As Archbishop Chaput said, “We believe in the separation of Church and State, but that is not the same thing as a separation between faith and politics. Faith is what we believe, politics is how we act. We are hypocrites if we fail to act in accord with our beliefs.”
So we must engage in the political arena, and not allow our faith to become privatised and irrelevant. We work for the Kingdom in every area and by every means: we evangelise, we lobby, we be salt and light, we work for righteousness, etc.
There is another important reason why Christians should be involved in politics. If we don’t we actually undermine our ability to preach the gospel. The sad truth is this: where religious freedom is greatly restricted or eradicated altogether, gospel proclamation becomes almost impossible.
Sure, it may be done once, but that might be it. Imprisonment or death often happens if believers dare to open their mouths. This is of course true in places like North Korea or most Muslim-majority countries. Religious freedom is a terribly important social good – indeed it is a gift of God.
It is well worth working at and fighting for. To cavalierly just dismiss its importance is to betray a fundamental misunderstanding of our Christian calling. Sure, if persecution comes big time, then we live with it and work in it. But Scripture nowhere tells us to pray for or seek persecution.
We need to celebrate and promote religious liberty while we have it and enjoy, and never take it for granted. There is nothing spiritual about allowing our hard-earned freedoms and liberties to be lost or snatched away from us.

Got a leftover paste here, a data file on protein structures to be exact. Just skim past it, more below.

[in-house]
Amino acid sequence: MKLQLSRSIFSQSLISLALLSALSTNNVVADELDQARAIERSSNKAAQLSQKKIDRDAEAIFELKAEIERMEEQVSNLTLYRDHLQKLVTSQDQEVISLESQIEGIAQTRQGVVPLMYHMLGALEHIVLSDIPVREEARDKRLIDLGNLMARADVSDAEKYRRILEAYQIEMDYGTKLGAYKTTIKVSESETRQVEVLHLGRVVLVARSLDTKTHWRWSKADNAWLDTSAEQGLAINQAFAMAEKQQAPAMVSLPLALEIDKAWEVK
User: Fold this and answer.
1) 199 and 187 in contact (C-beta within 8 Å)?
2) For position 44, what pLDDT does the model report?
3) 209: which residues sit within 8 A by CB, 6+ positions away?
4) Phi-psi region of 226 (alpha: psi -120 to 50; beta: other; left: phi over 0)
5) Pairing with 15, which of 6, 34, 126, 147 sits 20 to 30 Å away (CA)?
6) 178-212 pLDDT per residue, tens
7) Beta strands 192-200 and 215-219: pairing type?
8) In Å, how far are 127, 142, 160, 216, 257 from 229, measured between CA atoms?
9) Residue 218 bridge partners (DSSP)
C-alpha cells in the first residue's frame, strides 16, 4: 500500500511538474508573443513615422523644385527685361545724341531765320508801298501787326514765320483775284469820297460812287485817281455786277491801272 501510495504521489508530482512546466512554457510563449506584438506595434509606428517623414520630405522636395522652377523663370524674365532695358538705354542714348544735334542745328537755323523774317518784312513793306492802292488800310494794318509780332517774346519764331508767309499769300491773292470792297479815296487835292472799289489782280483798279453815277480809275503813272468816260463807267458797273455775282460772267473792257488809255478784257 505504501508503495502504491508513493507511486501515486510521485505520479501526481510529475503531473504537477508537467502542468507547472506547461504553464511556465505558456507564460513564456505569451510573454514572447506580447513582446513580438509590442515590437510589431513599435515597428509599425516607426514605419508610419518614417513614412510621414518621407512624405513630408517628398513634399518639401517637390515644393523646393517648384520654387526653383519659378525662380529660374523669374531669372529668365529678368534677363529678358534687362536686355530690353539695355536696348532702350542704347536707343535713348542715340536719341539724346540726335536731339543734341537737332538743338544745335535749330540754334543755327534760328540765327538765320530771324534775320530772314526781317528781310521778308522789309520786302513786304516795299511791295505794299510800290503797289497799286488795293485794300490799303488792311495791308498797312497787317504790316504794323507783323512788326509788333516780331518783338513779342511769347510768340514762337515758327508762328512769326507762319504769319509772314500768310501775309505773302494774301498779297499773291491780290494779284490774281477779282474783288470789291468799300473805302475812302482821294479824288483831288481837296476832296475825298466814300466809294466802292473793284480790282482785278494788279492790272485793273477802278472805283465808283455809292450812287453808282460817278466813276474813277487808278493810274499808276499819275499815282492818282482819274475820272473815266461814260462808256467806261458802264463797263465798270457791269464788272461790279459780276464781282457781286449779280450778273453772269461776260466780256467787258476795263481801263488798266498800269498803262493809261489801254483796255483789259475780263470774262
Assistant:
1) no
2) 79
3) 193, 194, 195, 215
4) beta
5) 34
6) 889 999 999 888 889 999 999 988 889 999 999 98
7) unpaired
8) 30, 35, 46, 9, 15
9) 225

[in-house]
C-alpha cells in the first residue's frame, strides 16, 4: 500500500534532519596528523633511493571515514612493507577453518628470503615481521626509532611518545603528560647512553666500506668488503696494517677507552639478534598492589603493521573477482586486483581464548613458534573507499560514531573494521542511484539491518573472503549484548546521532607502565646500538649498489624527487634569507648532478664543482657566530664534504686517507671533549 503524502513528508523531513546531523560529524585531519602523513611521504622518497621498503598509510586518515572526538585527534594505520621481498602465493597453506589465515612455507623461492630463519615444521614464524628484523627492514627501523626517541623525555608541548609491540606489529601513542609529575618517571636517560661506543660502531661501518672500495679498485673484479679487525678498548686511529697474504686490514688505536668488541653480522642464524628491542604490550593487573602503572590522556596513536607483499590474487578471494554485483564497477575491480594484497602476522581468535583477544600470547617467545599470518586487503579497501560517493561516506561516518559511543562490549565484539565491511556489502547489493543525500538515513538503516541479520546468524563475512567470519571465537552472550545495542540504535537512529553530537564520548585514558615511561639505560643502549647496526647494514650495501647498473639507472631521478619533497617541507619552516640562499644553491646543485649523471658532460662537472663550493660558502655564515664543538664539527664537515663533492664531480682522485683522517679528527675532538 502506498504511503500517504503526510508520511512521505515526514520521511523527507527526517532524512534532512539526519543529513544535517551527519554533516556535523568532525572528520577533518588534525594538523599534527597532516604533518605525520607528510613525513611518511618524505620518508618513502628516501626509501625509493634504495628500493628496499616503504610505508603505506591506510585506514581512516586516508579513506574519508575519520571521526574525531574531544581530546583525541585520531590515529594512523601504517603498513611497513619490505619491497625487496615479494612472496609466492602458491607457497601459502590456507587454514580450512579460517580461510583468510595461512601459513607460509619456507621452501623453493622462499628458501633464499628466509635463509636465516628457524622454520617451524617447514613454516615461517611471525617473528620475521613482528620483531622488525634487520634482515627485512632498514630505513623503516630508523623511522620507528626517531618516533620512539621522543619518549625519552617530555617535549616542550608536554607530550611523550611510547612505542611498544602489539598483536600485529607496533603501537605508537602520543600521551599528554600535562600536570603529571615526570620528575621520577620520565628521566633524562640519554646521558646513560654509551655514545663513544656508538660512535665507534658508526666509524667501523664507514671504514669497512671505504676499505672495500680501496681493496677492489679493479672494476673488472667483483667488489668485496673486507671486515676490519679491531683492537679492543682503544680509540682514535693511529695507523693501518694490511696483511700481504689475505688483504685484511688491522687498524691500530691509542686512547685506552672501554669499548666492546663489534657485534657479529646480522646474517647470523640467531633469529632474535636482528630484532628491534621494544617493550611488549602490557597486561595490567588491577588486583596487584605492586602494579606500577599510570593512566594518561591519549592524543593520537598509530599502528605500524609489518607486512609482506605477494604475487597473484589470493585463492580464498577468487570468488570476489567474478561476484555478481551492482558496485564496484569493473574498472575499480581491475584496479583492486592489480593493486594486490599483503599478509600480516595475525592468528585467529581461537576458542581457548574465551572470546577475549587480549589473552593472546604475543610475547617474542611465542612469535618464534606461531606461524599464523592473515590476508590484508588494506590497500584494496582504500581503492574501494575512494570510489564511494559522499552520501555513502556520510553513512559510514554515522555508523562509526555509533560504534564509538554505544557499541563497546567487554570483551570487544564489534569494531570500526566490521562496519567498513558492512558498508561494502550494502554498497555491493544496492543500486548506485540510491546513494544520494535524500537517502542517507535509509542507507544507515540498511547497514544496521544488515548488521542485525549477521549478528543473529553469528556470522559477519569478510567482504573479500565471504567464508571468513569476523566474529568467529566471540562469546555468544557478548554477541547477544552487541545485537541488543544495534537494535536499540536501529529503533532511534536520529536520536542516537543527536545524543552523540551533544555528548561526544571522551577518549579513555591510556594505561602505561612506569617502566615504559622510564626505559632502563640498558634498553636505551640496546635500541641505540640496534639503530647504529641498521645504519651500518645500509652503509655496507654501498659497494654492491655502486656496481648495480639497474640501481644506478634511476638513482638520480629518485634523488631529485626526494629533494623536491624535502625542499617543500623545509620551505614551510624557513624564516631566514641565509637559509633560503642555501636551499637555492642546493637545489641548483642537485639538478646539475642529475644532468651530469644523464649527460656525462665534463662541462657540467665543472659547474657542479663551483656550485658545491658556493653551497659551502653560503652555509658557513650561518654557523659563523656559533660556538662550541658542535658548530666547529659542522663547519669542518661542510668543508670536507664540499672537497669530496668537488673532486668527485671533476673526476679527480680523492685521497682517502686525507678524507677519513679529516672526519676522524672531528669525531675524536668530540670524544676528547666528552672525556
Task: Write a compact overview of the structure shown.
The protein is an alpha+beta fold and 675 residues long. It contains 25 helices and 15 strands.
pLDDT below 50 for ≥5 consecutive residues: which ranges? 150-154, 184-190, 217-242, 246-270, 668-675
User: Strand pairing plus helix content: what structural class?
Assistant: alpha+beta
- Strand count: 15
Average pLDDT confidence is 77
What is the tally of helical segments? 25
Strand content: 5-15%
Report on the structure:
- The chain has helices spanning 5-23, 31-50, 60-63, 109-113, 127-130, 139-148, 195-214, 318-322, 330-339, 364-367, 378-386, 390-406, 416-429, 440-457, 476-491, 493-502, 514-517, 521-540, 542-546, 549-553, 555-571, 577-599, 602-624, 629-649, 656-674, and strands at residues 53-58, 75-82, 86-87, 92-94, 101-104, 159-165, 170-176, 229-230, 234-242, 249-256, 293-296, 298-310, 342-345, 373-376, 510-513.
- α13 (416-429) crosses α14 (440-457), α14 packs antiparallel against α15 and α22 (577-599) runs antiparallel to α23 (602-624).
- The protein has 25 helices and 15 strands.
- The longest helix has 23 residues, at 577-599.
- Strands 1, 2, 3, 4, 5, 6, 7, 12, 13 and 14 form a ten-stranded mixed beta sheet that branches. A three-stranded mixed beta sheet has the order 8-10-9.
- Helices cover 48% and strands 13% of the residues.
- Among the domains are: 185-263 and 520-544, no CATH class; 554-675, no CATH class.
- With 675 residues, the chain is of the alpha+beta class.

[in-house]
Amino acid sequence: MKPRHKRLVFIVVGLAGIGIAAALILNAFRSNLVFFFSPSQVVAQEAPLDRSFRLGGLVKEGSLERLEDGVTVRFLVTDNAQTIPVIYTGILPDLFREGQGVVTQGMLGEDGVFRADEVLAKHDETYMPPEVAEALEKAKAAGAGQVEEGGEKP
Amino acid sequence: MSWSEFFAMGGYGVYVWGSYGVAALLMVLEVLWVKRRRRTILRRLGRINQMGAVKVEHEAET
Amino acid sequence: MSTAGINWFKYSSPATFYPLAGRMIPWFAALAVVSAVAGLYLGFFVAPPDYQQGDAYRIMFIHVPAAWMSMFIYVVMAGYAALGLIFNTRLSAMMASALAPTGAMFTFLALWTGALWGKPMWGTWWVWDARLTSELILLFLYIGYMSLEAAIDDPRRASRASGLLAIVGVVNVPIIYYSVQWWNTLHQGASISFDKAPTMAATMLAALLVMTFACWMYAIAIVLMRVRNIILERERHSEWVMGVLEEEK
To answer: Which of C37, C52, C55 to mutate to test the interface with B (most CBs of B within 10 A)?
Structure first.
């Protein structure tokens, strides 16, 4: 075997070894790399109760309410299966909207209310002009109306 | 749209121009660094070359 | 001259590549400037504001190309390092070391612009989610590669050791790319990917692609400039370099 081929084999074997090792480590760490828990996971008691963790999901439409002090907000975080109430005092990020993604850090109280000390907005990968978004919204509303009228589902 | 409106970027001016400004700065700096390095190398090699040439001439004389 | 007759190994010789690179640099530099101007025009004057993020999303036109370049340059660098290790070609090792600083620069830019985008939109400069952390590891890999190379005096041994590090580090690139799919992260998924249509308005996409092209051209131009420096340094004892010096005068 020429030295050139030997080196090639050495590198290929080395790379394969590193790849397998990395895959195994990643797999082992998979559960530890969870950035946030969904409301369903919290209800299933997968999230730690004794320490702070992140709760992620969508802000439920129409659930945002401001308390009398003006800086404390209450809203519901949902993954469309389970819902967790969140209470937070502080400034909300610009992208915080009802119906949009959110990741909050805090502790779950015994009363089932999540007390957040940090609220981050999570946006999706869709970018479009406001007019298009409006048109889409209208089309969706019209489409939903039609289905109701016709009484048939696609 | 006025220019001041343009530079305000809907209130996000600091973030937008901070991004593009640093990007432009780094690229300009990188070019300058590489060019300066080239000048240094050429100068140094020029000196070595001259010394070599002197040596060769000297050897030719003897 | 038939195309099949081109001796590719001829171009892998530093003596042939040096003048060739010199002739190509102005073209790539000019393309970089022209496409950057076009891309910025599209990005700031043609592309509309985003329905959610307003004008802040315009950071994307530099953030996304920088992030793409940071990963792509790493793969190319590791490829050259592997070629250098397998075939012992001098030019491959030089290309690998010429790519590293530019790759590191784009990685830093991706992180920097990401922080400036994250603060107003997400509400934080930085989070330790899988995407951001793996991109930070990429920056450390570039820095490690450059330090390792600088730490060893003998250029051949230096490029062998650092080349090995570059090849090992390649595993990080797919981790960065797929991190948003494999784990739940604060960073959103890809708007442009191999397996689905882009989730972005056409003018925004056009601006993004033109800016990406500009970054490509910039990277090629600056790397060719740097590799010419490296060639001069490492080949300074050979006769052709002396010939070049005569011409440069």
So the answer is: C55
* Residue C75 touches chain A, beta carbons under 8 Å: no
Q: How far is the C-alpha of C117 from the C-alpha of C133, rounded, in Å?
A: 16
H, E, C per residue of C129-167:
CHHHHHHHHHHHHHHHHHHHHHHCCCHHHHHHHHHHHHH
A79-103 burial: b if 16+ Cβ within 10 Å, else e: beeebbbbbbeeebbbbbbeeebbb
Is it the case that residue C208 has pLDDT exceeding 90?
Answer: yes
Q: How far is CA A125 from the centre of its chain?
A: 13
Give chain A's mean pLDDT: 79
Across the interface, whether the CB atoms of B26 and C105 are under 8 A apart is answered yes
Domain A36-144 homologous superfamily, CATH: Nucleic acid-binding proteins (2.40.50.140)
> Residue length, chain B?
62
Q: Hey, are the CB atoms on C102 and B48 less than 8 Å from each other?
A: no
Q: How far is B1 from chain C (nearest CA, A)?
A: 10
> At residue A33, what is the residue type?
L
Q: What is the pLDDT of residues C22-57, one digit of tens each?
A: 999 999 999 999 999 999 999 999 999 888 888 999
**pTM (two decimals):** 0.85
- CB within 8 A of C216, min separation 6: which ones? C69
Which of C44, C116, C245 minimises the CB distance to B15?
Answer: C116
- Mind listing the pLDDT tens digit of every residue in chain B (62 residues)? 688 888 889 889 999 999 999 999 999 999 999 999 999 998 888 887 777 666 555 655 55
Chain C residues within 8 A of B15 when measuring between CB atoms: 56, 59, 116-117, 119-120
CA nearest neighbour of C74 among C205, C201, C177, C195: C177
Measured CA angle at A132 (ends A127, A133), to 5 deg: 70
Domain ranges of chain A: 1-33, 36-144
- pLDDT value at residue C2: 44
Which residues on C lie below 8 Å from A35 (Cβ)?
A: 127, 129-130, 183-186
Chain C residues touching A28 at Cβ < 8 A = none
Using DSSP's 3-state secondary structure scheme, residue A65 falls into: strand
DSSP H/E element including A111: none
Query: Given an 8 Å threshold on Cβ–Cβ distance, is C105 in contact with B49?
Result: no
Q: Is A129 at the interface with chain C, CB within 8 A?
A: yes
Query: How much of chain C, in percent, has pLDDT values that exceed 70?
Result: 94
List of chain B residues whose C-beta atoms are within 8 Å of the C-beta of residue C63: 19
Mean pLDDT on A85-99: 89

On this issue Frank Turek wrote a very good piece not so long ago, and it is well worth sharing parts of. He begins: “When I hear Christians saying we ought not get involved in politics but just ‘preach the Gospel,’ I show them this satellite picture of the Korean peninsula. Here we see a homogenous population of mostly Koreans separated by a well-fortified border. South Korea is full of freedom, food and productivity – it’s one of the most Christianized countries in the world. North Korea is a concentration camp. They have no freedom, no food, and very little Christianity.
“What’s the primary reason for the stark difference between these two countries? Politics. The South politically allows freedom, while the North does not. Ironically, Christians who shun politics to supposedly advance the Gospel are actually allowing others to stop the Gospel. How so? Because politics and law affects one’s ability to preach the Gospel! If you think otherwise, visit some of the countries I have visited – Iran, Saudi Arabia and China. You cannot legally ‘preach the Gospel’ in those countries – or practice other aspects of your religion freely – because politically they’ve ruled it out as they have in North Korea.